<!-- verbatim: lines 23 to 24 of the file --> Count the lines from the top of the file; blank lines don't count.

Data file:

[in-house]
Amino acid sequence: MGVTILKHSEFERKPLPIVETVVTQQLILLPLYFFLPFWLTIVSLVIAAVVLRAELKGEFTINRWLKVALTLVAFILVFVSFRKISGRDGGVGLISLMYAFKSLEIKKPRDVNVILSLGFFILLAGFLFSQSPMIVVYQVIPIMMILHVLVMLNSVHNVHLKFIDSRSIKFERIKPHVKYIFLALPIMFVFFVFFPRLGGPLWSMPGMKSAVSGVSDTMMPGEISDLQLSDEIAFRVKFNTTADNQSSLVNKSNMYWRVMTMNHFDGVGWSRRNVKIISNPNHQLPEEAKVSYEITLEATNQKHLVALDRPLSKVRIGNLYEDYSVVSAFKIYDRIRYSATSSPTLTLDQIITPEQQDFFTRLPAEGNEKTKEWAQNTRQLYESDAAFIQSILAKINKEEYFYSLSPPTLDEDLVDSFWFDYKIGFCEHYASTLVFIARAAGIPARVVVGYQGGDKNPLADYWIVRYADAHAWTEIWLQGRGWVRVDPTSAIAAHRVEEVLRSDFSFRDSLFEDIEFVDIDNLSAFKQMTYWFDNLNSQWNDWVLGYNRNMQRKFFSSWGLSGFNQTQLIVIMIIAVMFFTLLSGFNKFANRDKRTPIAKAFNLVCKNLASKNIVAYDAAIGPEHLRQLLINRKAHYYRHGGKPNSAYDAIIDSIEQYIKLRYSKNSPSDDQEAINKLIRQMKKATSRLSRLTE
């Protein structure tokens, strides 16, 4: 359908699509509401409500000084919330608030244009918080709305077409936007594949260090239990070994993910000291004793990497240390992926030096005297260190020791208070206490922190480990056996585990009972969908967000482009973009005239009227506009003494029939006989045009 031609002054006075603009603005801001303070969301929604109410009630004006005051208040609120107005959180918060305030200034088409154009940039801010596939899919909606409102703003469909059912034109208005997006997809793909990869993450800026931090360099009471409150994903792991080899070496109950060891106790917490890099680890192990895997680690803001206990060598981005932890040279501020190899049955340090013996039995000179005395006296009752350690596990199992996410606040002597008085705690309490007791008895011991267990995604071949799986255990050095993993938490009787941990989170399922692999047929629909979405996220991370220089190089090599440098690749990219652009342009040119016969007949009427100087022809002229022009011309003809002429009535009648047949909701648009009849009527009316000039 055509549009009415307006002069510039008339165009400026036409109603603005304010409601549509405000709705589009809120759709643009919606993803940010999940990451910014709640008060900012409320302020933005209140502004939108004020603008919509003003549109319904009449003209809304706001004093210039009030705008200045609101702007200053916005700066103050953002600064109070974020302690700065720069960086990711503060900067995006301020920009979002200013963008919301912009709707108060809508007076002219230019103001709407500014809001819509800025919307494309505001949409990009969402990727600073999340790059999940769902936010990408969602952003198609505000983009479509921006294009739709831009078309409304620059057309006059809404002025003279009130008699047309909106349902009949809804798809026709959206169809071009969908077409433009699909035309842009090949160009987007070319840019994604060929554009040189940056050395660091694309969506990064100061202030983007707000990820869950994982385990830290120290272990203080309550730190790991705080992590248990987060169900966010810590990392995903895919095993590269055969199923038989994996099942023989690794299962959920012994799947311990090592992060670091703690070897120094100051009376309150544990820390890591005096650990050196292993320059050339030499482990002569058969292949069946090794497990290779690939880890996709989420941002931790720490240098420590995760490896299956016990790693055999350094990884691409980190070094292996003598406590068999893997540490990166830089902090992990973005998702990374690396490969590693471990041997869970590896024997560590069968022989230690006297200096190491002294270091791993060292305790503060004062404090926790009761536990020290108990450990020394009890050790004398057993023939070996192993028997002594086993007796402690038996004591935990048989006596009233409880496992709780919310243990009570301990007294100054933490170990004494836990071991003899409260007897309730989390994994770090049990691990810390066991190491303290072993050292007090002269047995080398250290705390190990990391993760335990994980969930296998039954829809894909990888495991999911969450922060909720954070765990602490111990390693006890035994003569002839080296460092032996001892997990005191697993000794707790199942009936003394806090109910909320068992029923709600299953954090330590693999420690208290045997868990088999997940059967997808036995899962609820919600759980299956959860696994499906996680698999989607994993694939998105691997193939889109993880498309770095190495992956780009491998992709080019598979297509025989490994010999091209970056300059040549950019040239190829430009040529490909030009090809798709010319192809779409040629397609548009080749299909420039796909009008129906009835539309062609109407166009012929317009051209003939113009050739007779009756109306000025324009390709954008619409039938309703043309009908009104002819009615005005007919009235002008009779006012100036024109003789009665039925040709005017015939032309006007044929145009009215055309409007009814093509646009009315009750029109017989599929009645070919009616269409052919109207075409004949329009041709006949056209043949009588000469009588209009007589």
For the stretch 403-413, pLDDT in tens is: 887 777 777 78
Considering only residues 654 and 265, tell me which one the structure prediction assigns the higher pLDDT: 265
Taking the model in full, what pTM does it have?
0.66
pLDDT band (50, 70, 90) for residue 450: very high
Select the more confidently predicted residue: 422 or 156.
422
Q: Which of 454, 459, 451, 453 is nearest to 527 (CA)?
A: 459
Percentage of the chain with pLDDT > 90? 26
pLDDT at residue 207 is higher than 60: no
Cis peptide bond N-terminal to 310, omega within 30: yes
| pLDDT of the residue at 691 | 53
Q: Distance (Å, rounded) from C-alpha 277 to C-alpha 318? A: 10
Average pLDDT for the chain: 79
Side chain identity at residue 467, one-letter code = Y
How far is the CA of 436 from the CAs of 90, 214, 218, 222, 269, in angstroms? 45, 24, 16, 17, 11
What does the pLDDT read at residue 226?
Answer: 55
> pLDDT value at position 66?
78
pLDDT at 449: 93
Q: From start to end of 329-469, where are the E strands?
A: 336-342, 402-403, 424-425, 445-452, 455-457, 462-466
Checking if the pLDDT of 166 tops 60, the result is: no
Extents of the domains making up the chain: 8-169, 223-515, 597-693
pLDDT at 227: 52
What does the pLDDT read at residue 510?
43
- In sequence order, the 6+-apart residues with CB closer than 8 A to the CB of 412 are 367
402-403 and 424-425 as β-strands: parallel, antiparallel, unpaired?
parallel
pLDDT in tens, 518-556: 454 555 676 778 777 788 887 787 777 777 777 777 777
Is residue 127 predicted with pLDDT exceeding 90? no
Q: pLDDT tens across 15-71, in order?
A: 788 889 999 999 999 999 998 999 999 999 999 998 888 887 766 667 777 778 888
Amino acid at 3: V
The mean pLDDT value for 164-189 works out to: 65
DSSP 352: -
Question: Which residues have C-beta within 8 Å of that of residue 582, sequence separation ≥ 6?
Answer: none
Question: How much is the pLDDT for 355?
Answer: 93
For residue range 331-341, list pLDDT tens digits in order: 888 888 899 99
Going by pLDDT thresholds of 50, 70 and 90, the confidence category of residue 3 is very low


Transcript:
> pLDDT value at position 66?
78